January 11, 2021 

How the Washington Mystics can win free agency in 2021

One eye on 2019, the other on the years ahead

Welcome to The Next: A basketball newsroom brought to you by The IX. 24/7/365 women’s basketball coverage, written, edited and photographed by our young, diverse staff, dedicated to breaking news, analysis, historical deep dives and projections about the game we love.

Continue reading with a subscription to The Next

Get unlimited access to women’s basketball coverage and help support our hardworking staff of writers, editors, and photographers by subscribing today.

Join today

Subscribe to make sure this vital work, creating a pipeline of young, diverse media professionals to write, edit and photograph the great game, continues and grows. Paid subscriptions include some exclusive content, but the reason for subscriptions is a simple one: making sure our writers and editors creating 24/7/365 women’s basketball coverage get paid to do it.

Washington Mystics forward Emma Meesseman (center) high-fives teammates Leilani Mitchell (left) and Myisha Hines-Allen (right) during a game against the New York Liberty on August 7, 2020. Photo by Ned Dishman/NBAE via Getty Images.

There’s a school of thought in sports that says, “You can never have too much talent.”

On the surface, that seemed to be the Washington Mystics’ strategy in free agency for 2020, when they added 2012 WNBA MVP Tina Charles and Australian national team point guard Leilani Mitchell to a core group of returners from the 2019 championship team. And when health and social justice concerns prompted many Mystics players to opt out of the 2020 season — including both MVPs on the roster in Charles and Elena Delle Donne — the team needed every bit of the remaining talent to stay afloat.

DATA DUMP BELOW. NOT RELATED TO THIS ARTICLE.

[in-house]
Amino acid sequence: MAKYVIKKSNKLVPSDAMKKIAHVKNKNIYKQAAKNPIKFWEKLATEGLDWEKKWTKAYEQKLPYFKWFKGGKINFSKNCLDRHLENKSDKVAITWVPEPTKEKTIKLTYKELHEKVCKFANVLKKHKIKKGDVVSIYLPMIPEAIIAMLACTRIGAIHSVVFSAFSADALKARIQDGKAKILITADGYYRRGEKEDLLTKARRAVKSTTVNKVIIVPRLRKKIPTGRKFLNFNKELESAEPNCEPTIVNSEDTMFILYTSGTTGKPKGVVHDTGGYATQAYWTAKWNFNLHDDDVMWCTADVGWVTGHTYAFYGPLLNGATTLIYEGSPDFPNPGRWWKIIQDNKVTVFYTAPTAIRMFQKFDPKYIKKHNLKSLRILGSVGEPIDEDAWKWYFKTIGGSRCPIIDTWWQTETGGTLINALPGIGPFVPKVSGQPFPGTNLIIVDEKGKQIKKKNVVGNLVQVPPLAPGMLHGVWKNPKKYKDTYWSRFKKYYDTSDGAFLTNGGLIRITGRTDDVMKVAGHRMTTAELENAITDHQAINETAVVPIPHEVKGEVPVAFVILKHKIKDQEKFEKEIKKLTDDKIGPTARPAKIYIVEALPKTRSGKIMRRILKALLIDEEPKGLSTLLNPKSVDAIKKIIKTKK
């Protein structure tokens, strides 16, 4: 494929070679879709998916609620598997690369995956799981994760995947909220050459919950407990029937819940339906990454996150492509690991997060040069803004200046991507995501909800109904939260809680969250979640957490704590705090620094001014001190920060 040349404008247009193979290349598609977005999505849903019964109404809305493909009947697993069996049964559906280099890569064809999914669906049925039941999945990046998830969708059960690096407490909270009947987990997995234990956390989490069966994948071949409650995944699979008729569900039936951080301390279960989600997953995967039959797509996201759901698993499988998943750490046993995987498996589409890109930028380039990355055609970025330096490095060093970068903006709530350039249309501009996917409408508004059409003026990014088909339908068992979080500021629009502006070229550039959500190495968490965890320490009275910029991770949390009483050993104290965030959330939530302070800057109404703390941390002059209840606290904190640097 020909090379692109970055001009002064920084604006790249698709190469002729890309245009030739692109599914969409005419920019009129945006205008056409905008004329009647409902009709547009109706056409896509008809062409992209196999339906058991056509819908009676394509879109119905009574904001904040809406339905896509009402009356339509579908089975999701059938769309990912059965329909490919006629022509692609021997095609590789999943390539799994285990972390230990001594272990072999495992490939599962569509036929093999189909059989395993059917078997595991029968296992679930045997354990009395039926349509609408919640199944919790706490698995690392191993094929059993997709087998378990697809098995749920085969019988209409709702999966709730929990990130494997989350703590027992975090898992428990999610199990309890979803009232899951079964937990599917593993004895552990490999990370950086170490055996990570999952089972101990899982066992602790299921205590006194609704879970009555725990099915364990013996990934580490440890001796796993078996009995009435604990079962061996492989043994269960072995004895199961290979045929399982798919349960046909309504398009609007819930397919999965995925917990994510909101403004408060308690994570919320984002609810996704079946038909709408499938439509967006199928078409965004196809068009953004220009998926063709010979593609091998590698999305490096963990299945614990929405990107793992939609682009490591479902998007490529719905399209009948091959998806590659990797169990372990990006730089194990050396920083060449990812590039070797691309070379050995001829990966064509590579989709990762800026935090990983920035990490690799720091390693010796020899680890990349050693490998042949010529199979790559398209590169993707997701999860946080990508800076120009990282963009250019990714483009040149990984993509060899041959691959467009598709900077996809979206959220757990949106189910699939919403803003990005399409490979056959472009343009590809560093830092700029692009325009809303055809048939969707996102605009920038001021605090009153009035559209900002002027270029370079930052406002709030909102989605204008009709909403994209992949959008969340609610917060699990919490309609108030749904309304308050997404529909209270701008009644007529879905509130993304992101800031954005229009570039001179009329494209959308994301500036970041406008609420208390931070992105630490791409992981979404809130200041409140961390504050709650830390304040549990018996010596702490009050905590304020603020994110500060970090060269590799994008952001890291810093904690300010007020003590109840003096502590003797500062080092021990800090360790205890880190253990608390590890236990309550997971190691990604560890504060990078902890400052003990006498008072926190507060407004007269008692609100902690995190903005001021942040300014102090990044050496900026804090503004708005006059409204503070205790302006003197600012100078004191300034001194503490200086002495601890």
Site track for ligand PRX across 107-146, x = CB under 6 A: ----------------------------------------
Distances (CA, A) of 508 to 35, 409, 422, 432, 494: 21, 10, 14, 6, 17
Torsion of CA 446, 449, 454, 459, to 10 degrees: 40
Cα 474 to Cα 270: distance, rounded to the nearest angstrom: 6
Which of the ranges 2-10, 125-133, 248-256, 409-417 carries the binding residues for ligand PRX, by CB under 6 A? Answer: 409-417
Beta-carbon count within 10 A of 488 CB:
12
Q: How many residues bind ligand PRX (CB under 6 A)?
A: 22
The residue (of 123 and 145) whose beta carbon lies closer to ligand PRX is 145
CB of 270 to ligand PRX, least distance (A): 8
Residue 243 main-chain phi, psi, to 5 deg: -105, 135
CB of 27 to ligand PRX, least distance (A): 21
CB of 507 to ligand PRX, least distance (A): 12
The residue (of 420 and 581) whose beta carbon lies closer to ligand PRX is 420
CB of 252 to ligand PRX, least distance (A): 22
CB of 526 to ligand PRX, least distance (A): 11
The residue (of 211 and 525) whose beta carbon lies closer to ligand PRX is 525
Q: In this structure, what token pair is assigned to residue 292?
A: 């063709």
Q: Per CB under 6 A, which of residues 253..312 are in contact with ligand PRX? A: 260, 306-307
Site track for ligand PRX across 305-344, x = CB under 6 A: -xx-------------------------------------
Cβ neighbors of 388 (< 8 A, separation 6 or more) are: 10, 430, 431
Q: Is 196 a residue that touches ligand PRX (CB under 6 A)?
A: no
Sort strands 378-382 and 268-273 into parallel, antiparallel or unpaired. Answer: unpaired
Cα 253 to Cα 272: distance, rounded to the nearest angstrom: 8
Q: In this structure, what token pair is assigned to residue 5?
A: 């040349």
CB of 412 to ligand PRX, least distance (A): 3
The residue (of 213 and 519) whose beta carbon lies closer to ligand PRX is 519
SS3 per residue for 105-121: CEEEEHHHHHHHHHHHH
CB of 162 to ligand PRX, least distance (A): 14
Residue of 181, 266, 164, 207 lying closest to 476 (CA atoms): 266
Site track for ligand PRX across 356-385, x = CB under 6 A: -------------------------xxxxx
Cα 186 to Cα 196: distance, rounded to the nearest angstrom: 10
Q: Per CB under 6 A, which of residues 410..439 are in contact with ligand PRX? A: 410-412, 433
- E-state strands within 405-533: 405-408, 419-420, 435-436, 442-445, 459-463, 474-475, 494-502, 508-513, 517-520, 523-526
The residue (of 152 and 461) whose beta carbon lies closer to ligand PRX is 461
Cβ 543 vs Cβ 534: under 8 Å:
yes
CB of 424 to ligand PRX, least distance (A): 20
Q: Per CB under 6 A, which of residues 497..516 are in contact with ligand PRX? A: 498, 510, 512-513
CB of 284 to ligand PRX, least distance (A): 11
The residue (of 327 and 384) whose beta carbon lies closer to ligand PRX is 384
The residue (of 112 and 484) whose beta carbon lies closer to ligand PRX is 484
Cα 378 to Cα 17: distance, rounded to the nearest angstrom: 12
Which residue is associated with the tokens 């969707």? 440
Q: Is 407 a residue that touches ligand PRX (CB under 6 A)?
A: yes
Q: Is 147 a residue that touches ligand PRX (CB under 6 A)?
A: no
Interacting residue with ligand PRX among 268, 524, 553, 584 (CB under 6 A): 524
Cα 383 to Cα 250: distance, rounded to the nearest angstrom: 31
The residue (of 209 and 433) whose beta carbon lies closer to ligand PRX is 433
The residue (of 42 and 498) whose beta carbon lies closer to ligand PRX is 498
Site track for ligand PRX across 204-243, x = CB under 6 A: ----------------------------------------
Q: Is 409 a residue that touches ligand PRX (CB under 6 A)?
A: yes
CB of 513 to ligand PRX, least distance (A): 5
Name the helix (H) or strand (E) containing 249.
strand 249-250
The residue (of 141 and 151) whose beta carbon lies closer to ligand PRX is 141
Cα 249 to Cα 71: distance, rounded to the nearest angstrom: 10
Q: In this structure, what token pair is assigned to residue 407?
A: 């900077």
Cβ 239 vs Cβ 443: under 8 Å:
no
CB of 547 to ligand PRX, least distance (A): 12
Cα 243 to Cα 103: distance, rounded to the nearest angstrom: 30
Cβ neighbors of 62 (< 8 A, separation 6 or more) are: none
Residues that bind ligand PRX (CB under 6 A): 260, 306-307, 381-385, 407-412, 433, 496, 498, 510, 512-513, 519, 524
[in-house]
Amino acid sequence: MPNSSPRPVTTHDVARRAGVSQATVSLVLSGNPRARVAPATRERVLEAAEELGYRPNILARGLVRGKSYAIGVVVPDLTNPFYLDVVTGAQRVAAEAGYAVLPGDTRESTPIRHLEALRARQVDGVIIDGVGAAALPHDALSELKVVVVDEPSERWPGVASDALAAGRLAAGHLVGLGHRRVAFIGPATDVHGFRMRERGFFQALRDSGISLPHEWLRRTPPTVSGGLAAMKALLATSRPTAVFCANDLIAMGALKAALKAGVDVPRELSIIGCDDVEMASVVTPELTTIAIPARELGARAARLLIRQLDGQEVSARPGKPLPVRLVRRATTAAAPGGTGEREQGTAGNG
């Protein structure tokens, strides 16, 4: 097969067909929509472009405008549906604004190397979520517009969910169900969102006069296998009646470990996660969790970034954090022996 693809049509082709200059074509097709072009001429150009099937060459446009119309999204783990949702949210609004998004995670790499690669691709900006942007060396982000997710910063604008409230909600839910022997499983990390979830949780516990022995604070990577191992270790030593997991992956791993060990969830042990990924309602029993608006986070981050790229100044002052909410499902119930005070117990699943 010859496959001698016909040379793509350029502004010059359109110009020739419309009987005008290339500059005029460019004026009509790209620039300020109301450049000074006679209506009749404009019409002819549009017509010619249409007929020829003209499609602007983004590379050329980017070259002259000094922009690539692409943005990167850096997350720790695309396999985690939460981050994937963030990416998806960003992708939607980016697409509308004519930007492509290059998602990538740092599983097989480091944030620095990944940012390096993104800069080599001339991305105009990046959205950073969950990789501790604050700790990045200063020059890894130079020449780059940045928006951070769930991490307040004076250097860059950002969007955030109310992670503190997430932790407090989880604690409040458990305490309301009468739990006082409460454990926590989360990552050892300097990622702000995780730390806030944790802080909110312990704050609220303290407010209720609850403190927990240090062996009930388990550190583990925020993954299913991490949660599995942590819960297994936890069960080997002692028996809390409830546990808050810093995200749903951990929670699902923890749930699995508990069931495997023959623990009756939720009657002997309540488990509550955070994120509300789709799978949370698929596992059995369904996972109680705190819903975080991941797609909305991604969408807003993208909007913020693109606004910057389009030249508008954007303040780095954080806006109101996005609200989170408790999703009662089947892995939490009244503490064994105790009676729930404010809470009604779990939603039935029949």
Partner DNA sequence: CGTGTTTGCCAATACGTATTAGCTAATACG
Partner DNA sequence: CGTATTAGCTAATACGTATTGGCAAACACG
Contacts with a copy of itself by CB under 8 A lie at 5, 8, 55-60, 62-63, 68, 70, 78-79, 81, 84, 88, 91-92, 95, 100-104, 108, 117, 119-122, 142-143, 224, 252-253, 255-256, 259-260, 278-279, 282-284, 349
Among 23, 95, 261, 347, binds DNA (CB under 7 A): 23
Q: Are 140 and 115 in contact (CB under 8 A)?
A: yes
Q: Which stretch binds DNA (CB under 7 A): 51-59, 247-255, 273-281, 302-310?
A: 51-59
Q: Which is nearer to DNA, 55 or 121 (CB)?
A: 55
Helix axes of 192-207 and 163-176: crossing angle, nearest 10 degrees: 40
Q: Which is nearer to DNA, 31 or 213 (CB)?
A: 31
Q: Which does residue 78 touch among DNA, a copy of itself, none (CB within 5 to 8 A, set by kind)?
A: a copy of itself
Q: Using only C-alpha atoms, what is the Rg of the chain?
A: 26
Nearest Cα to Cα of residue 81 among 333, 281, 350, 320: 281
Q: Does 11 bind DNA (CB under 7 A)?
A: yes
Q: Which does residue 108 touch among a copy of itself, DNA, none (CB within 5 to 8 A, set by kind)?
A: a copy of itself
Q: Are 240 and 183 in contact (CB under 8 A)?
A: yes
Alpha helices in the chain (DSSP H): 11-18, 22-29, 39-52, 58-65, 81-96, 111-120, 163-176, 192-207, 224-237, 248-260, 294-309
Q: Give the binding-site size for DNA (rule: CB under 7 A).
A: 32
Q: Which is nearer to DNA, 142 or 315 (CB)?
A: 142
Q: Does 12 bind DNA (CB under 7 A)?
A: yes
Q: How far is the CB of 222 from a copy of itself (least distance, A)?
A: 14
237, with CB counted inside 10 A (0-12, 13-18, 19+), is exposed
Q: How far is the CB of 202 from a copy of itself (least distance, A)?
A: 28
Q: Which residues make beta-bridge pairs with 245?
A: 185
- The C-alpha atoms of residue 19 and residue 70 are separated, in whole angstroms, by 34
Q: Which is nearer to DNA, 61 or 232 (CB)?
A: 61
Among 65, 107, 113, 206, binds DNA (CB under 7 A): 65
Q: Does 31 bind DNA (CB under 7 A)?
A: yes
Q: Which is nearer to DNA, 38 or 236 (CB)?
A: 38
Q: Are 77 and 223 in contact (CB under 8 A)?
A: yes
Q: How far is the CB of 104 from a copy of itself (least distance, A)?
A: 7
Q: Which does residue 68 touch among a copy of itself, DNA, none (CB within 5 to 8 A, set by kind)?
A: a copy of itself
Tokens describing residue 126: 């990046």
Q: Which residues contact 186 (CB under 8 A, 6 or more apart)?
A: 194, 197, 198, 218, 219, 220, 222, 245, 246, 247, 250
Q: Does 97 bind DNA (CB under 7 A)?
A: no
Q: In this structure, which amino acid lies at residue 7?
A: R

However, if you look deeper, the Mystics didn’t actually try to maximize talent at all costs. General manager and head coach Mike Thibault let three-time All-Star Kristi Toliver leave in free agency because she wanted a three-year contract, but Thibault was only willing to offer two.

“We have four or five other players that are going to become free agents over the next two years,” Thibault told The Washington Post’s Ava Wallace. “And we needed to make sure that … we can try to keep as many of our good young players here on our team.

“As a GM, you just can’t jeopardize the long-term future of your team in that situation.”

Free agency opened this year on January 1 with the extension of qualifying offers, and in many ways, Thibault’s calculus this year looks like a redux of last year, with many veterans to re-sign and a budget to balance. His first order of business was to exercise the team option on guard Kiara Leslie, who started 10 games and averaged 5.5 points as a rookie in 2020.

The first players up are the reserved players, all of whom were role players in 2020: center Alaina Coates and guards Jacki Gemelos, Stella Johnson, and Sug Sutton. The Mystics have exclusive negotiating rights with all four, and on January 8, they announced that they had re-signed Gemelos, Johnson, and Sutton to training camp contracts.

The Mystics also have exclusive negotiating rights with point guard Natasha Cloud and center LaToya Sanders, two starters who opted out last season in the final year of their contracts. Both are expected to re-sign for about the same salary they would have earned in 2020, $117,000.